Are Rooftop Rack Companies Lying to You?

Let’s take a look at what Yakima is saying about racks for use with its own SkyRise tents which have a maximum weight (dynamic load) of 115lbs.

“DO NOT use SkyRise with factory crossbars; they are too flexible.”

“Vehicle AND roof rack system must have a minimum of 165 LB load carrying capacity.”


Are factory crossbars too flexible?

Doesn’t too flexible mean that it will damage my vehicle? Wouldn’t that only apply to weight-distributed objects that are heavier than the maximum cargo load limit as specified by the manufacturer in the vehicle manual? So if I stay under the maximum cargo limit then why am I still in trouble?

Let’s take an example of a 2019 Land Cruiser which has a rooftop cargo weight limit of 154lbs. Doesn’t that weight limit pretty much mean, by definition, that if I put on the distributed weight of 154lbs or less then that Land Cruiser is NOT going to be damaged? A rooftop tent is certainly distributed weight.

Why am I asking for trouble if I put a SkyRise 3 tent on that vehicle? It only weighs 115lbs and is well under the 154lbs limit.

The rooftop cargo weight limit as specified by the manufacturer is the dynamic load weight limit. That’s the weight limit while the vehicle is in motion and would apply to on/off-road conditions. If you plan to only stay on road during your camping journey then a higher maximum would apply except Toyota won’t tell us what it is.

A problem appears with the static load limit. This is the limit while the vehicle is parked. In our case, that’s when we load up the rooftop tent with lots of people. Generally, you can assume the static load limit is about 4x the dynamic limit. For our 2019 Land Cruiser we can estimate the static load limit to be 4x154lbs or 616lbs. The problem is that we don’t know for sure because the factory won’t tell us. Plus that static load limit includes the weight of the tent (115lbs,) so you can only load up 485lbs into the tent. The maximum load capacity for a SkyRise 3 tent is 600lbs but you’re still limited by that 485lbs rack limit in this case. Two adults would be fine but a third adult would put you over.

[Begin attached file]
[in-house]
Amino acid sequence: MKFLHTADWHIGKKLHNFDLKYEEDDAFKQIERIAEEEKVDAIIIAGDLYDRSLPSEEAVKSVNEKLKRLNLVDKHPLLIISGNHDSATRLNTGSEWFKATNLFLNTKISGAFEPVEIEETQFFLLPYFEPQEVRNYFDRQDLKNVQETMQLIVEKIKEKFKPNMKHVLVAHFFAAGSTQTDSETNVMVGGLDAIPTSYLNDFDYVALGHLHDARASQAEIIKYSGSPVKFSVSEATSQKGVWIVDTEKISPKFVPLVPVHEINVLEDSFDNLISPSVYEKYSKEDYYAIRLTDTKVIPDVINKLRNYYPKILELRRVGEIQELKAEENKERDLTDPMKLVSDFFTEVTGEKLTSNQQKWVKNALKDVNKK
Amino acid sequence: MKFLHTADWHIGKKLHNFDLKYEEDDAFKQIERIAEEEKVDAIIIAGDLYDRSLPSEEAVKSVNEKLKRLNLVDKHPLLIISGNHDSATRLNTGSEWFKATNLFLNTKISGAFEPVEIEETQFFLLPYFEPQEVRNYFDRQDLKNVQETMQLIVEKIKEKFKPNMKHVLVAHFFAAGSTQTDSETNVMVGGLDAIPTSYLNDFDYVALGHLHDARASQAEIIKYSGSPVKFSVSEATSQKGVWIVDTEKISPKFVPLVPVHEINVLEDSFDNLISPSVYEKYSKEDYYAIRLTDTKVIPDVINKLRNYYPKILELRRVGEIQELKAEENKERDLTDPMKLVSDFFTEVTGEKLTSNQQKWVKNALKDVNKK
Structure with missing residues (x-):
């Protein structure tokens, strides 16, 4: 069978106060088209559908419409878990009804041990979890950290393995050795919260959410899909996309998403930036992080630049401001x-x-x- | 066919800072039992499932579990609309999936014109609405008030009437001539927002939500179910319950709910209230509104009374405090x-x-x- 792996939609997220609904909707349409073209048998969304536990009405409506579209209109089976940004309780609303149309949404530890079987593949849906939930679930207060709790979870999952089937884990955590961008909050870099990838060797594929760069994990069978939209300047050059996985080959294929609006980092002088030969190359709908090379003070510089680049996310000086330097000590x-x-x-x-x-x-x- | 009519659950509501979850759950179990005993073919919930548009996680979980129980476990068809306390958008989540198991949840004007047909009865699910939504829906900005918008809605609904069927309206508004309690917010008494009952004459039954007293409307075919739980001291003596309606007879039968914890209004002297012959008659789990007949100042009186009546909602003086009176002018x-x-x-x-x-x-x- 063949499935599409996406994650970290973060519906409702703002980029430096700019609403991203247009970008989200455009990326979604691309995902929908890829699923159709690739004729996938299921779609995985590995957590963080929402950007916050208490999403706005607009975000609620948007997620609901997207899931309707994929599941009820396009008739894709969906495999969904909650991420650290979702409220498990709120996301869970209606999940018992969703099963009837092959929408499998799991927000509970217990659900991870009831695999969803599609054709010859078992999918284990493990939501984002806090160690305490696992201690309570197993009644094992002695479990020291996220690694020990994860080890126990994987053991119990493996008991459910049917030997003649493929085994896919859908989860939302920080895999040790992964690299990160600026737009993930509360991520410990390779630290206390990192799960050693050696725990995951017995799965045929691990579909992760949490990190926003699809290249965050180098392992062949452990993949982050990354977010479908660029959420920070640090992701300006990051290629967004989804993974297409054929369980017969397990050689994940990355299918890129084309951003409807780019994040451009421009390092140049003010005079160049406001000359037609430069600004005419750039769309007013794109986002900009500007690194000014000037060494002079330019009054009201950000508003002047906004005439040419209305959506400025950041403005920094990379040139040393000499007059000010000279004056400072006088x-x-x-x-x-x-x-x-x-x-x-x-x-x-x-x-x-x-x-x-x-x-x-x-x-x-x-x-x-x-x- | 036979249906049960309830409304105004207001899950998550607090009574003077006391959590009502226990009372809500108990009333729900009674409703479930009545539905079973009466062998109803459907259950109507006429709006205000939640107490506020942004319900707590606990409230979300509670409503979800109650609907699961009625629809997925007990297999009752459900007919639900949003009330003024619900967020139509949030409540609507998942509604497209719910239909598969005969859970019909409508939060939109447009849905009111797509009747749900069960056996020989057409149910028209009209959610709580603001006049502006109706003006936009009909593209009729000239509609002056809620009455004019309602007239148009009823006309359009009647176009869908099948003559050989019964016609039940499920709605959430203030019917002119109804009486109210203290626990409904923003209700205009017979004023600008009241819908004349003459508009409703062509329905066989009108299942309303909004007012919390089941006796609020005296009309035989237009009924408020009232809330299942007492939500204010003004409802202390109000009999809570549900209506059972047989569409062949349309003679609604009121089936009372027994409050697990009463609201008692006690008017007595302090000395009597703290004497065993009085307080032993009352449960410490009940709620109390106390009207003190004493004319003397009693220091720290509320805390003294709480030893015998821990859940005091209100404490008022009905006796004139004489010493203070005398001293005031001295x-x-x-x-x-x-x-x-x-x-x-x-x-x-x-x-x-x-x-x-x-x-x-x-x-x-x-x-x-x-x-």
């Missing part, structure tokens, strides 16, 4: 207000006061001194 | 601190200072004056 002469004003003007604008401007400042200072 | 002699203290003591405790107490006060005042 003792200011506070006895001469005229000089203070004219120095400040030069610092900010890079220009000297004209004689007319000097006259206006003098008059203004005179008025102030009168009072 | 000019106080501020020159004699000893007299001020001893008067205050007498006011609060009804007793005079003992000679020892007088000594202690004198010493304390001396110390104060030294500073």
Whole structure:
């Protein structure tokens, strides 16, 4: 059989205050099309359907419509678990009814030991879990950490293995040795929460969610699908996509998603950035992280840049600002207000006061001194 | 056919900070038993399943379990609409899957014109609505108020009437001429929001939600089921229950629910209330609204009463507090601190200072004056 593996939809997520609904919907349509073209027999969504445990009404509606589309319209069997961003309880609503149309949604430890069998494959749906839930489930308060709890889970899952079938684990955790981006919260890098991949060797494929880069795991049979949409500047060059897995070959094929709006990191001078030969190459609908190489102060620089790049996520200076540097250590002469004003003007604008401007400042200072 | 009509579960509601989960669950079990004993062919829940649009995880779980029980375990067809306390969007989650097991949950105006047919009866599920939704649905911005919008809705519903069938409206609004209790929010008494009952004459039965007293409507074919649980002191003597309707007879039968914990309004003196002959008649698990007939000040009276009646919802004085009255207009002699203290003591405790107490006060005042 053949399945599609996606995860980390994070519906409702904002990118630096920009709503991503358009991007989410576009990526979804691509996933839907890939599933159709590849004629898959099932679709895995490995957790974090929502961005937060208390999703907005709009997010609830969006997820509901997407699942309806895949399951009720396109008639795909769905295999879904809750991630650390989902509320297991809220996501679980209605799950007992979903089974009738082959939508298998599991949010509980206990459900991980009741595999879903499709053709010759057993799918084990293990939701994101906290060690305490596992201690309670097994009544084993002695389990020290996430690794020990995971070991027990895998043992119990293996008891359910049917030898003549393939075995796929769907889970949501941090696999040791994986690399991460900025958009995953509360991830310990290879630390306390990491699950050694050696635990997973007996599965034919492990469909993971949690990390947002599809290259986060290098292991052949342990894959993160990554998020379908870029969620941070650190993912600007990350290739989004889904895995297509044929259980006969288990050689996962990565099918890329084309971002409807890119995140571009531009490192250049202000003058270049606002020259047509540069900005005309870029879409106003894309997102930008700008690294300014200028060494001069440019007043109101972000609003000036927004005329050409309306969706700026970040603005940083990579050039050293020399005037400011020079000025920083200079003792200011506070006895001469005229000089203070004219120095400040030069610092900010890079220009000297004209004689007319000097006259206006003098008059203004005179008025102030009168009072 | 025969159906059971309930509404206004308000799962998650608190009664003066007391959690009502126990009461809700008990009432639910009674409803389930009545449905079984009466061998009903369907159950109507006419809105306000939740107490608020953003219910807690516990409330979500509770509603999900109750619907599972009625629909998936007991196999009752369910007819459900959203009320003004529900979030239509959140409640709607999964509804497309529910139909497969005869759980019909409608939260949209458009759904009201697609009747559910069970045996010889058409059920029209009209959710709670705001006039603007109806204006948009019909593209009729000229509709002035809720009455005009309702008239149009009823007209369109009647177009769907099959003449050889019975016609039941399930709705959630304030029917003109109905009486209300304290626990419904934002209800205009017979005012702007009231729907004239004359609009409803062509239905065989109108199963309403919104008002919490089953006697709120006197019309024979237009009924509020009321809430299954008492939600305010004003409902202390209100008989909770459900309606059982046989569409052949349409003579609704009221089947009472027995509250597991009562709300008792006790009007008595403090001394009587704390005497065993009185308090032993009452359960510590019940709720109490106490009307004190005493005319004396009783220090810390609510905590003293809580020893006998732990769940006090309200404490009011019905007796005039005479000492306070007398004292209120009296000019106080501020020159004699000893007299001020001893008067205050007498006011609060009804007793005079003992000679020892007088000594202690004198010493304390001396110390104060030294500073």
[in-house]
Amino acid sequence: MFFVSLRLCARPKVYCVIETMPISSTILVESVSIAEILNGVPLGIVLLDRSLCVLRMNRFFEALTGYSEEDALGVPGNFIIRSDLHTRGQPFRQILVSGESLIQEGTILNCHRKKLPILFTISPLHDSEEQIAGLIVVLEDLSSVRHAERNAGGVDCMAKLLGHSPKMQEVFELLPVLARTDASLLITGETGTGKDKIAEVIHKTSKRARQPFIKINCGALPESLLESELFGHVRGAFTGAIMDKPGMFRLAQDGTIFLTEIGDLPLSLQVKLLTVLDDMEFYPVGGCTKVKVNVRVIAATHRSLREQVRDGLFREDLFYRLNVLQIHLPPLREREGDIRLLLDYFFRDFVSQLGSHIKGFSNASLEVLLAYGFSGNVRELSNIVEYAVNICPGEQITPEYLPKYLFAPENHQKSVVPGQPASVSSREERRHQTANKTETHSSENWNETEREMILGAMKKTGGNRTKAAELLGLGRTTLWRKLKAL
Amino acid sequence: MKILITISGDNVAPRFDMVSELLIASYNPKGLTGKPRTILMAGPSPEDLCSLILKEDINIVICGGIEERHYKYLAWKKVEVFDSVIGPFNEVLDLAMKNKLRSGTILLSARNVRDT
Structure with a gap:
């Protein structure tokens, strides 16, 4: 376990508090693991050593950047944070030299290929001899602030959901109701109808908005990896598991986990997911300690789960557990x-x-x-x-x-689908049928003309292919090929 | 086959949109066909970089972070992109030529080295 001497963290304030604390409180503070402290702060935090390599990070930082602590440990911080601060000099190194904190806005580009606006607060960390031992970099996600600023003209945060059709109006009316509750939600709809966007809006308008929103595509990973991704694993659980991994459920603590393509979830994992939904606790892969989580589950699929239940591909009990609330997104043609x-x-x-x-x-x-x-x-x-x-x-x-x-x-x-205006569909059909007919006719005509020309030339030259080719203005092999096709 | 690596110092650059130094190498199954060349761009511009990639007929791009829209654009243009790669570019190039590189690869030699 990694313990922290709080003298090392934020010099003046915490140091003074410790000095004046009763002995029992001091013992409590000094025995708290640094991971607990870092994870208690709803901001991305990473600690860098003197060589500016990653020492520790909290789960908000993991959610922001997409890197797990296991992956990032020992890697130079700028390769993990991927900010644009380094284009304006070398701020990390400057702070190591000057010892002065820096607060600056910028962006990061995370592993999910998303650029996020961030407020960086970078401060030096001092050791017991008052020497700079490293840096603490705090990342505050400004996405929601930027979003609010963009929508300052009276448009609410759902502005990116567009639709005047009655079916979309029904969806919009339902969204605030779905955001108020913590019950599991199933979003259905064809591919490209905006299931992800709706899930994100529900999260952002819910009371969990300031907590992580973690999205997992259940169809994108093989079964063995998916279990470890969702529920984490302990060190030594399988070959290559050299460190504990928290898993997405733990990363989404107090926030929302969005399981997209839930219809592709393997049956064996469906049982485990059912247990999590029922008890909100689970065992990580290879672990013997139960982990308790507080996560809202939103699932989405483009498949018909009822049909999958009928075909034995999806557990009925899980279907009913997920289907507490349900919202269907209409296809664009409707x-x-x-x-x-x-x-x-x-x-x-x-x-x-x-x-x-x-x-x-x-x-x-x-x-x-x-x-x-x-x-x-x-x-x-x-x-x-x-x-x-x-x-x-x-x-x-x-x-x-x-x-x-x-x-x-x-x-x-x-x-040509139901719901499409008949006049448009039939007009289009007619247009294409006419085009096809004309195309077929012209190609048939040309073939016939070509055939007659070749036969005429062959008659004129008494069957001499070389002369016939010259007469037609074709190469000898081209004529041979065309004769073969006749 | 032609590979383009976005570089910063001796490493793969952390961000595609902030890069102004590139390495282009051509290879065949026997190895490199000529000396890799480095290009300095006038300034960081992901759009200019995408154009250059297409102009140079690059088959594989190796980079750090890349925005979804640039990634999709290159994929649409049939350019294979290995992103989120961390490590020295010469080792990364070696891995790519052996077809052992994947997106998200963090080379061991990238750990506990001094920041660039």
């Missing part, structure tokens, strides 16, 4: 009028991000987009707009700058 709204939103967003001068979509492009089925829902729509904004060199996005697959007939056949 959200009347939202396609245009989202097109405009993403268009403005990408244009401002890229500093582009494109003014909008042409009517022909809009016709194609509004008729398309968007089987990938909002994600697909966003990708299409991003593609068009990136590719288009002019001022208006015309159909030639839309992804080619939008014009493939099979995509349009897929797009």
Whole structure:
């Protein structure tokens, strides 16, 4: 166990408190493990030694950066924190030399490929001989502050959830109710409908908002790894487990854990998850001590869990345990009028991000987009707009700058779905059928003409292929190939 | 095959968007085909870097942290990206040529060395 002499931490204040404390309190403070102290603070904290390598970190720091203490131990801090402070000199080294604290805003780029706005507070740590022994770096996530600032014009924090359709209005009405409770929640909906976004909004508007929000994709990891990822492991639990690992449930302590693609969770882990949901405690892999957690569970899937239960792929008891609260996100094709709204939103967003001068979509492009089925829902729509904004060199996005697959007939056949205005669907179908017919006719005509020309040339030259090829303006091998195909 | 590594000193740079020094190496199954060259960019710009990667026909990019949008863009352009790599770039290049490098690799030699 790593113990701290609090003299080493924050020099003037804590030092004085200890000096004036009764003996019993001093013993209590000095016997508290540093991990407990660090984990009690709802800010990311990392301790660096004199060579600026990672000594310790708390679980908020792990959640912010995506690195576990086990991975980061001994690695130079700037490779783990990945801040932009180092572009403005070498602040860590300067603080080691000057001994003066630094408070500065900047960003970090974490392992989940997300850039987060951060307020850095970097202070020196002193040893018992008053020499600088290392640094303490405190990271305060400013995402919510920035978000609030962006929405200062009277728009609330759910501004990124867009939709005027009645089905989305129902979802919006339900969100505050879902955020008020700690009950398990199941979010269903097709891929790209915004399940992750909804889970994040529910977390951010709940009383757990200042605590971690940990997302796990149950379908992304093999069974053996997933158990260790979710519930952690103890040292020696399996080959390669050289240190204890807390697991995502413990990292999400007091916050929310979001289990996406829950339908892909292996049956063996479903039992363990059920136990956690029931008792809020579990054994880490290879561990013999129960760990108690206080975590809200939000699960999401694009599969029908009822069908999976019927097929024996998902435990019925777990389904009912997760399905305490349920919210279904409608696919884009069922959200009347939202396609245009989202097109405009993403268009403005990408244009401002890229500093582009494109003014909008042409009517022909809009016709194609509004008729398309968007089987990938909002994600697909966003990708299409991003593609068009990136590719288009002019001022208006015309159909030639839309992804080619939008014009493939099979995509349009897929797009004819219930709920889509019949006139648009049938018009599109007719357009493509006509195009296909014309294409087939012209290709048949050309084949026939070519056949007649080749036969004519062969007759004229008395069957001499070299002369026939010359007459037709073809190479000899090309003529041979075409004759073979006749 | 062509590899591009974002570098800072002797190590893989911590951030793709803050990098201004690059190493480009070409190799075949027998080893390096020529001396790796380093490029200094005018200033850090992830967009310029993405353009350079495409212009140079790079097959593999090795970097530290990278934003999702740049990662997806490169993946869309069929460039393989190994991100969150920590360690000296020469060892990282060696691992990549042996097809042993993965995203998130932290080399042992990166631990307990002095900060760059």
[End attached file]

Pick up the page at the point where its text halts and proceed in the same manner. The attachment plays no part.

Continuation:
How do we solve this rack problem without buying another rack?

You could just mount the SkyRise 3 onto the factory rails, cutting out the crossbars altogether. The factory rails will almost certainly not have a problem. The problem is scratching the rails. Some people have done this without a problem.

You can test your rack crossbars to see if your calculations are correct. In this case, the 4x dynamic load calculation says I should be able to load 485lbs into the tent while parked. Can I? Well, let’s test that by setting up the SkyRise 3 on factory crossbars (on your vehicle) and start adding weight. Add one adult and note the deflection. If no trouble yet, add another adult. How does the deflection look now? Does it look like you could have trouble? It’s the third adult that might land you in trouble. If you’re not sure with two adults then don’t add a third. It’s time to buy a new aftermarket rack.

Another testing option to put a packed rooftop tent on crossbars sitting on blocks of wood. Then start adding adults to the top of the packed tent (sitting.) Note crossbar deflection as you add bodies. Same process as before.

“Vehicle AND roof rack system must have a minimum of 165 LB load carrying capacity.”


If you are going to carry a tent with a maximum load capacity of 600lbs then the vehicle and rack should be able to carry that much. The 165lb limit ensures that. But what happens when your vehicle won’t carry that much, like the 2019 Land Cruiser? You can put a beefier rack on top that raises the limit but you still can’t go over the vehicle limit while driving. If you go over the vehicle limit and end up rolling it while driving then it’s your fault. I think quite a few people go over the vehicle limit and are at risk. In the case of the SkyRise 3, it is well under the vehicle limit so no problem.


It’s not that Yakima is lying it’s that we need more information to understand why it is setting its limits.